A 1.2km length of the River Avon, to the north of Salisbury, displayed all the classic habitat degradation features associated with post war river engineering – heavily impounded by a downstream relic sluice structure, over-wide, heavily silted and with a sand-impacted bed. All of which had led to a loss of habitat and species biodiversity along this internationally important chalk river.
This stretch of the River Avon has been immortalised by the author Frank Sawyer, and is still to this day managed as a fishery for the Services Dry Fly Fishing Association (SDFFA) as it was during Frank’s time when he was the riverkeeper.
Unfortunately, the degradation of chalk river habitat continues to be a problem within this catchment, as it was during Frank’s time. Degradation that in part can be associated with the presence and on-going use of historic water meadow structures (i.e. referred to as sluices or hatches in this part of the world).
Hoping to restore a once popular wild trout fishery, SDFFA commissioned us to investigate the reasons for deterioration along the 1.2km reach and to design and construct a solution to re-energise the river and restore the degraded ecosystem. In doing so it was also hoped the work would also help to deliver Natural England’s target of achieving ‘favourable condition’ for the river, which is designated as a Special Area of Conservation (SAC) and Site of Special Scientific Interest (SSSI).
During a site visit with the client in November (2011) we identified a number of problems along the reach associated with degraded channel morphology, including:
- Over-wide channel – lateral erosion of the banks of the Avon had over-widened the overall channel cross-section, causing flow velocities to be reduced resulting in the deposition of fine sand and silt on the bed, obscuring the gravels beneath.
- Poor flow variability – lack of flow variability and hydraulic scour had led to a very uniform river bed.
- Impounded flow conditions – a section of deep, slow-flowing water was observed a short distance upstream of a sluice structure (Gunville Hatches). The sluices had been used historically to maintain artificially high water levels for stocked trout and, in more recent years, to facilitate the easy passage of cut Ranunculus weed downstream from the upper channel. The effects of impoundment are clearly deleterious to the health of the river in the form of very slow flows and heavy sediment accretions.
Previous river restoration works have been undertaken along this stretch and while initially successful in delivering a re-energised river system for a few years, they often rapidly revert to their original status unless the appropriate restoration techniques are employed. The client was therefore keen to ensure the scheme would be durable enough to deliver a long-term solution.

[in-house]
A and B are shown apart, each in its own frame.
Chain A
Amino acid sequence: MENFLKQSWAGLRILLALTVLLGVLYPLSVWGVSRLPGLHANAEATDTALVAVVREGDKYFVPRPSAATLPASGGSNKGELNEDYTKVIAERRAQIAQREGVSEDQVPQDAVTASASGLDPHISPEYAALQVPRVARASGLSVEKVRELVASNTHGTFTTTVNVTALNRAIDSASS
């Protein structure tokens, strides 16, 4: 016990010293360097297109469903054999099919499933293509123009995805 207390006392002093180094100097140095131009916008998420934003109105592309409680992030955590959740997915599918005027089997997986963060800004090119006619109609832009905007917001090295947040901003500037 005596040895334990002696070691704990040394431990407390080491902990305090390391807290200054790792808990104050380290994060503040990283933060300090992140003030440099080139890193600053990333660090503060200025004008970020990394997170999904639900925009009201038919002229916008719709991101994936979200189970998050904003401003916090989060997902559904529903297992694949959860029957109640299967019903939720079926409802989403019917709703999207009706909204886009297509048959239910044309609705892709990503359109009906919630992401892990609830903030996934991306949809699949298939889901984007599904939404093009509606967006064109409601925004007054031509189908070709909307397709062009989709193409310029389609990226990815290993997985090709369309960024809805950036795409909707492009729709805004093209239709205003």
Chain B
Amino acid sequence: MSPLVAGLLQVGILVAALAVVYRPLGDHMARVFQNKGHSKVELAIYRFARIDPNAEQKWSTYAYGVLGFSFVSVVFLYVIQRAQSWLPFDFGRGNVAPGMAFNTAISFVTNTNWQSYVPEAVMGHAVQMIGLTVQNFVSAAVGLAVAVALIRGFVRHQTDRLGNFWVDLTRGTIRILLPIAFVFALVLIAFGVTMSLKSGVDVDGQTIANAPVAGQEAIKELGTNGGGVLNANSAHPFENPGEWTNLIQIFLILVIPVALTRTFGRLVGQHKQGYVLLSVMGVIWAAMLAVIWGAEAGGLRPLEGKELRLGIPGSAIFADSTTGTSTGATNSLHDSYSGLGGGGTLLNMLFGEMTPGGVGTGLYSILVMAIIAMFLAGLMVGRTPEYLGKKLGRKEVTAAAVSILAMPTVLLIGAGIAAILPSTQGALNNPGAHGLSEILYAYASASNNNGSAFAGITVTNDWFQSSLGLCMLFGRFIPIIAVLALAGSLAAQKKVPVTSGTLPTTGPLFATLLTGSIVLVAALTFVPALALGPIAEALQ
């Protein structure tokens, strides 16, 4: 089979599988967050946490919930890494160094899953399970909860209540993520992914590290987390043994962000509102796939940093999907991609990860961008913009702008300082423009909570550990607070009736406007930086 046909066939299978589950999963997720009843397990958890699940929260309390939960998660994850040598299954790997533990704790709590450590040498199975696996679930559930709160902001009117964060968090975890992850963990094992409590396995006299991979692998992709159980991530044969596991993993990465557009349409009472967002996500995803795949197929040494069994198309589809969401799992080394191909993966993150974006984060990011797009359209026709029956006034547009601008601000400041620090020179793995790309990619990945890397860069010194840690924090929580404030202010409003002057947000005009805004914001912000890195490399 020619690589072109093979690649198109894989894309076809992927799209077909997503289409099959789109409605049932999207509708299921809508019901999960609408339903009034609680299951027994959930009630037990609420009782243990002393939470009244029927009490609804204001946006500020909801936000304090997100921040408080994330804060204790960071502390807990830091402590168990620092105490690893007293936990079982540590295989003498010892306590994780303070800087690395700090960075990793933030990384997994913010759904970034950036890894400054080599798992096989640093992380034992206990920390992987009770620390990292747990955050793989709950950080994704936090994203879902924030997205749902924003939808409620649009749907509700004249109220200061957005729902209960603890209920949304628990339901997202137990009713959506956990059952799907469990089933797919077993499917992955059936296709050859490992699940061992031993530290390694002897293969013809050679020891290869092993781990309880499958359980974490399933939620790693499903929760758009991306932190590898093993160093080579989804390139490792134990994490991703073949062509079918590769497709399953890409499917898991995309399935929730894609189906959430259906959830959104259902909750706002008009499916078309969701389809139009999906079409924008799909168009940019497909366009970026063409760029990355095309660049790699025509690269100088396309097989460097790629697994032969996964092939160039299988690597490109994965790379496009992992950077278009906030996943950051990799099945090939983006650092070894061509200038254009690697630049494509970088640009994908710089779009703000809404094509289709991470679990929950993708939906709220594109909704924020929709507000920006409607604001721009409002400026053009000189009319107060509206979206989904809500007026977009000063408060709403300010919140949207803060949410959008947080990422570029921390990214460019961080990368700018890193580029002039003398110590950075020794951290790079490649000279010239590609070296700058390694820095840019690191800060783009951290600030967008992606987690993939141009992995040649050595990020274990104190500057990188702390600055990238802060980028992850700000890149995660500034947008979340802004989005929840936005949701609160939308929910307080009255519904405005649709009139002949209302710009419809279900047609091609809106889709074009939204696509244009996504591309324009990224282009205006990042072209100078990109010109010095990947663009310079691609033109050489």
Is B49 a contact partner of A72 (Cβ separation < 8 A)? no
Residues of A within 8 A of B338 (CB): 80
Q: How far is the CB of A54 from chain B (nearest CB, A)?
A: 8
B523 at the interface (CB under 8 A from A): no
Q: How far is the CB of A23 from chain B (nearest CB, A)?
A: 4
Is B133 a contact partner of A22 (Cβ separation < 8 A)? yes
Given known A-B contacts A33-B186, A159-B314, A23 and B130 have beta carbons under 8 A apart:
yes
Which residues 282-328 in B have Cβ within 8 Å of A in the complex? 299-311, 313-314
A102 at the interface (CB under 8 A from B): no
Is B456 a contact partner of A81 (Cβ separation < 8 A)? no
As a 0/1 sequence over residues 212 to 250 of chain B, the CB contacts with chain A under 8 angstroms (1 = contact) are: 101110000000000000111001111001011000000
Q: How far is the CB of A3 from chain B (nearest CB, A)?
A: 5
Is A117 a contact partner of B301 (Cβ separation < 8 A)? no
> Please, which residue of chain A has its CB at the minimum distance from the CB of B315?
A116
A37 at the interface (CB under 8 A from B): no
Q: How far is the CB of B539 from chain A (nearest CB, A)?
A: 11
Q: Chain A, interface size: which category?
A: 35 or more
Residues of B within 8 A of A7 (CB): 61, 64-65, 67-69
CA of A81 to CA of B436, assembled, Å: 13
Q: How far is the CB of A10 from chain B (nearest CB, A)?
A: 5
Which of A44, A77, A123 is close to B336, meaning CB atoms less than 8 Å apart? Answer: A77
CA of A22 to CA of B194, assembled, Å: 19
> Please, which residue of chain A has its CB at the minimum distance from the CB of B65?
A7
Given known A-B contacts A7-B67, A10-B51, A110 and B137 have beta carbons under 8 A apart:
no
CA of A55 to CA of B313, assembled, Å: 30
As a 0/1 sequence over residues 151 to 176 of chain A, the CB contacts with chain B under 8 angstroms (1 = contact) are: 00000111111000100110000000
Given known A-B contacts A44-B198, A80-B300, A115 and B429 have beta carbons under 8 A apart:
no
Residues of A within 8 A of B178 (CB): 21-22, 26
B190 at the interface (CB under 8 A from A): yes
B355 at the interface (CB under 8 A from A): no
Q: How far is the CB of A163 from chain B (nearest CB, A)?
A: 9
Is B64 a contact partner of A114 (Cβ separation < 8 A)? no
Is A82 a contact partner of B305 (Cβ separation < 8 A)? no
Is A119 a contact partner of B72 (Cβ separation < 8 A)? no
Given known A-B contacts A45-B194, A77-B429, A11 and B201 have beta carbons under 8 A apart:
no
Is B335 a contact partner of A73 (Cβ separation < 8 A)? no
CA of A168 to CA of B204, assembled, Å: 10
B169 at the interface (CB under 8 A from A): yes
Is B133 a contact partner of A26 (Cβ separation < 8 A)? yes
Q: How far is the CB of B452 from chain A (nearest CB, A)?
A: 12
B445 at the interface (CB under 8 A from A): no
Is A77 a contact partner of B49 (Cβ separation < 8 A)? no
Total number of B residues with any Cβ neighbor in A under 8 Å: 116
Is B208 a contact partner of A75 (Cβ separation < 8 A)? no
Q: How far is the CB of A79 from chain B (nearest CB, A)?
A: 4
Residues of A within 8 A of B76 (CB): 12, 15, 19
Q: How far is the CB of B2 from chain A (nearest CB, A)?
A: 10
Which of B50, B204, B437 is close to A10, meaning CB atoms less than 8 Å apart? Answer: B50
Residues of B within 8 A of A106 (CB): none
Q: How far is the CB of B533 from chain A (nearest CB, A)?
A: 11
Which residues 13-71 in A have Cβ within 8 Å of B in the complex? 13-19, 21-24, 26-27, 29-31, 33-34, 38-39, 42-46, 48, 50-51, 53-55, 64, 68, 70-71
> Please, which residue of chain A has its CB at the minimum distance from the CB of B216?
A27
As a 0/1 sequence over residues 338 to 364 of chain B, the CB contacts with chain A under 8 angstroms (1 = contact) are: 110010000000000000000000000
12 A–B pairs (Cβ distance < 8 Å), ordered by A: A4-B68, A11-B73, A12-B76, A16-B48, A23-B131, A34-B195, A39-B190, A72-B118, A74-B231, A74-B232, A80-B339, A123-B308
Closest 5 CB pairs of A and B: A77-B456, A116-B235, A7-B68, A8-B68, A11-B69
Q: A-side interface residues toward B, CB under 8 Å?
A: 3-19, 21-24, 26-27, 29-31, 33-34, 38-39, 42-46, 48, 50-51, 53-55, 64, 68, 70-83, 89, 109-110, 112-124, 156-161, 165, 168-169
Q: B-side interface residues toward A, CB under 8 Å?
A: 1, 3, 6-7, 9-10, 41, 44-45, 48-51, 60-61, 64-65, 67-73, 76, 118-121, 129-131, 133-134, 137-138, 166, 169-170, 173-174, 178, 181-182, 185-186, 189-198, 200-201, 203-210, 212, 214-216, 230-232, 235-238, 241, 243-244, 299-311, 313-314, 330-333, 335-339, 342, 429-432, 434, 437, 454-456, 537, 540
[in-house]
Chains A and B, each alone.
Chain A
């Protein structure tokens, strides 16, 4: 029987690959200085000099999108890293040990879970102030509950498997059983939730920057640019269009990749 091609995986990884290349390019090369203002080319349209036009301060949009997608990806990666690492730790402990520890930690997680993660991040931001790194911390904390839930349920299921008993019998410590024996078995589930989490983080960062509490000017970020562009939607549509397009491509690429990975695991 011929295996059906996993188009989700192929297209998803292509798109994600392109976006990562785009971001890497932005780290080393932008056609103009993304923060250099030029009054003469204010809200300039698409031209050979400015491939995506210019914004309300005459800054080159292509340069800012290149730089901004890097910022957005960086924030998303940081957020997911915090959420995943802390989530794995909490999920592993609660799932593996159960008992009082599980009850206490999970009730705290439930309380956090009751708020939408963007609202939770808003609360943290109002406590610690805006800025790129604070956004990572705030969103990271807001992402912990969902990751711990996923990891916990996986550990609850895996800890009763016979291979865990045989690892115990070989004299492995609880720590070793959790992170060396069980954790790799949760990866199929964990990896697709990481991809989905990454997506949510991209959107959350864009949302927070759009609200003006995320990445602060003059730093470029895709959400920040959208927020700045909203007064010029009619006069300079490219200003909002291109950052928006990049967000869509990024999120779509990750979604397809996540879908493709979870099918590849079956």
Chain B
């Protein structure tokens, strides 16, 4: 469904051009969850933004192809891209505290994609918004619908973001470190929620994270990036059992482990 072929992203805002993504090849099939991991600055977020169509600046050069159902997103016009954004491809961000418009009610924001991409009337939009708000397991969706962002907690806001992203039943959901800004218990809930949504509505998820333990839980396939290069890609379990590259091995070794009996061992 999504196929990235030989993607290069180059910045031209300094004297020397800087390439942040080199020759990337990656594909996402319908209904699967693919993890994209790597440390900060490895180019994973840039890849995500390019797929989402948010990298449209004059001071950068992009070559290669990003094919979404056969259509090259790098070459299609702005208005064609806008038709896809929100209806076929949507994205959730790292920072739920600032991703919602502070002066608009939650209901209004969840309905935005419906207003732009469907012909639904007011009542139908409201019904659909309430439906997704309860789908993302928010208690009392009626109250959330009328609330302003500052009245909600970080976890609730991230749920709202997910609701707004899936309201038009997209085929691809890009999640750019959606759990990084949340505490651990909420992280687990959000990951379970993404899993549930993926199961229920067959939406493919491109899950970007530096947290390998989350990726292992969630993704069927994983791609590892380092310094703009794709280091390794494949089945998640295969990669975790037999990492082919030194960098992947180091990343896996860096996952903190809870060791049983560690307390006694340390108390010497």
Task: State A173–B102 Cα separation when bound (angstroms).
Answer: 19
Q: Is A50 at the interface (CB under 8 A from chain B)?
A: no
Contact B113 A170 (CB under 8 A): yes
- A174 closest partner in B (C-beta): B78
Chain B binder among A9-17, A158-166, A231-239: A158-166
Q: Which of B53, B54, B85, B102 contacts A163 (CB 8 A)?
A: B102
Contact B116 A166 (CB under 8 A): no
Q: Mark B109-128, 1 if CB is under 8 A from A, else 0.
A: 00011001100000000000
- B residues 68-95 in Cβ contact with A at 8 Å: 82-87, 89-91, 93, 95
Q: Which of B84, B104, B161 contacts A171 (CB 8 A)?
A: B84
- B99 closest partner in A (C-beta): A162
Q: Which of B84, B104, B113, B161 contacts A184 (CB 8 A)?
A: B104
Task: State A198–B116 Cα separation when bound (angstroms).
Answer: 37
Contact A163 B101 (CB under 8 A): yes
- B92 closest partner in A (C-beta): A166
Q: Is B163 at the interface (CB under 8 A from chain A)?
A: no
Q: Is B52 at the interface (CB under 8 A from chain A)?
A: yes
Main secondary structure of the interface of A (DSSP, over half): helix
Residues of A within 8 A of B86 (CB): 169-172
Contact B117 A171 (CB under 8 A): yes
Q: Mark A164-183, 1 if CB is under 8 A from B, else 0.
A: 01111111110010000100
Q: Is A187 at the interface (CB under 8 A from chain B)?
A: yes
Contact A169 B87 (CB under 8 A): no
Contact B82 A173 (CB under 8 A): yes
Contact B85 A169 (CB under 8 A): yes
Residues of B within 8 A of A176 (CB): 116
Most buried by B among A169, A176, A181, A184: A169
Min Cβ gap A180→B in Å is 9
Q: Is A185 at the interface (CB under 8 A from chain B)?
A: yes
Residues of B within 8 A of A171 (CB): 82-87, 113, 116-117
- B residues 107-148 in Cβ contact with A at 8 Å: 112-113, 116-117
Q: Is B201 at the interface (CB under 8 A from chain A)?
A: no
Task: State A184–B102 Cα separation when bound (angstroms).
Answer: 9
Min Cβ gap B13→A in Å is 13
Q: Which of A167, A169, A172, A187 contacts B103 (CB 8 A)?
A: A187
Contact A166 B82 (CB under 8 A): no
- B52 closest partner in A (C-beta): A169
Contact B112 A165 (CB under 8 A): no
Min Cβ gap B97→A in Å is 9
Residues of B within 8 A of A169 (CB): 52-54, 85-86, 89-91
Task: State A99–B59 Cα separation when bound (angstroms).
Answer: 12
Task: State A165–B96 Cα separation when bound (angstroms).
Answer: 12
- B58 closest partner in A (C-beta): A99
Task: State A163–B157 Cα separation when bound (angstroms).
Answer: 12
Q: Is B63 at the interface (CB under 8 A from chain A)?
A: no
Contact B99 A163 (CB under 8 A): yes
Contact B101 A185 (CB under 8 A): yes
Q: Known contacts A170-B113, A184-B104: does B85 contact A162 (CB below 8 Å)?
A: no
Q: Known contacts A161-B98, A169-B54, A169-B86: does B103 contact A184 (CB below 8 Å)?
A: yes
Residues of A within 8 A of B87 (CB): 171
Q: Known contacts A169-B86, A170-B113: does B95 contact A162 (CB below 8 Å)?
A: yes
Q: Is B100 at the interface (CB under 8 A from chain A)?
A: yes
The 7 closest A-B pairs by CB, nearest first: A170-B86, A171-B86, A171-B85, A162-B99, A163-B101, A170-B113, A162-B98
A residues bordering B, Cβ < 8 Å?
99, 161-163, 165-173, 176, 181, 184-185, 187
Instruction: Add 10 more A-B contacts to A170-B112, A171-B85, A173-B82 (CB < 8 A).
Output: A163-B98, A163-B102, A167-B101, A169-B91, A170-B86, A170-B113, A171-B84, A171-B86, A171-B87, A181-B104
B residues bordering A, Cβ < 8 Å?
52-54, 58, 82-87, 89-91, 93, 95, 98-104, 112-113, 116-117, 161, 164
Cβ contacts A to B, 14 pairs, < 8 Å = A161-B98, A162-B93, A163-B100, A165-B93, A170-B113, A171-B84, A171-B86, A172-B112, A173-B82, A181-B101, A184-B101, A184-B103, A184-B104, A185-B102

Through our work on the nearby successfully restored reach at Chisenbury. We were able to demonstrate to the client that degraded channels can be significantly improved using a combination of tried and tested techniques.
We developed a design to deliver the following hydro-morphological and habitat improvements along the reach:
- re-sizing the channel
- re-introducing sinuosity and channel meander features
- optimising channel depth-to-width ratio
- optimising flow velocity
- removal of impediments to free flow
- introduction of complex flow patterns and sub-surface cover via the extensive use of mature site-won trees such as Alder and Willow.
- maximising durability, especially during high flow periods (winter floods and pre-June weed cuts)
The completed work has had a very positive and dramatic impact on the river. The narrowing berms re-energised flow which has remobilised deep silt deposits and exposed the clean gravel bed beneath. Woody debris and hinged trees have scoured the bed creating deep pools and kicking up gravels to form new gravel riffles. This improved morphology has provided the right conditions for Ranunculus to regrow and flourish within the reach.
Initially the very downstream end of the reach was still impounded, due to the impact of the now significantly reduced structure at Gunville, as the stanchions had to be retained, which was still causing some constriction to flow. These were finally removed in 2015 during an Environment Agency funded project.
“…we are absolutely delighted with the Gunville Project – it stands head and shoulders above the other work on our fishery, and although we were concerned about the effect on the weed clear down, this has not really been a problem either last year (high water) or this. It has vastly improved the habitat, both in-channel and along the river margins and it is clear that all wildlife has benefited. It makes a fascinating contrast with the much softer approach conducted by Aquascience downstream of Gunville, and with the minimalist (LWD only) approach undertaken by the Wildlife Trust and Wild Trout Trust at the top of our water.” Brig C. Anthony G. Wells – SDFFA
Contributed towards winning the River Restoration Centres 2017 UK River Prize